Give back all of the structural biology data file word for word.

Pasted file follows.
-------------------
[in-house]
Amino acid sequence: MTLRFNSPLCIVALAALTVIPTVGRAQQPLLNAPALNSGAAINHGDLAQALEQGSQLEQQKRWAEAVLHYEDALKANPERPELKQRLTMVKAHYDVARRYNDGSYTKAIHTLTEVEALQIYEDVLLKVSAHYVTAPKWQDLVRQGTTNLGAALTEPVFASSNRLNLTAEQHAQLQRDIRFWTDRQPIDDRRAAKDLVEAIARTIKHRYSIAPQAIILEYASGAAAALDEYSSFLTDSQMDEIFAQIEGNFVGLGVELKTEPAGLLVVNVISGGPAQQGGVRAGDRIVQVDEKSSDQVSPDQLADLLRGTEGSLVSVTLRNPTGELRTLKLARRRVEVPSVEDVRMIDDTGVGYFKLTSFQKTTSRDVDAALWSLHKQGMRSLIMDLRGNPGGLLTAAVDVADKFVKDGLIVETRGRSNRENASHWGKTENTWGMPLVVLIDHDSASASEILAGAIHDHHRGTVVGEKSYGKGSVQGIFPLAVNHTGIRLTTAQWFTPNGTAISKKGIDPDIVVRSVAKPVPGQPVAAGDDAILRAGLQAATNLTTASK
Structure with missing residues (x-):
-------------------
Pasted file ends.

[in-house]
Amino acid sequence: MTLRFNSPLCIVALAALTVIPTVGRAQQPLLNAPALNSGAAINHGDLAQALEQGSQLEQQKRWAEAVLHYEDALKANPERPELKQRLTMVKAHYDVARRYNDGSYTKAIHTLTEVEALQIYEDVLLKVSAHYVTAPKWQDLVRQGTTNLGAALTEPVFASSNRLNLTAEQHAQLQRDIRFWTDRQPIDDRRAAKDLVEAIARTIKHRYSIAPQAIILEYASGAAAALDEYSSFLTDSQMDEIFAQIEGNFVGLGVELKTEPAGLLVVNVISGGPAQQGGVRAGDRIVQVDEKSSDQVSPDQLADLLRGTEGSLVSVTLRNPTGELRTLKLARRRVEVPSVEDVRMIDDTGVGYFKLTSFQKTTSRDVDAALWSLHKQGMRSLIMDLRGNPGGLLTAAVDVADKFVKDGLIVETRGRSNRENASHWGKTENTWGMPLVVLIDHDSASASEILAGAIHDHHRGTVVGEKSYGKGSVQGIFPLAVNHTGIRLTTAQWFTPNGTAISKKGIDPDIVVRSVAKPVPGQPVAAGDDAILRAGLQAATNLTTASK
Structure with missing residues (x-):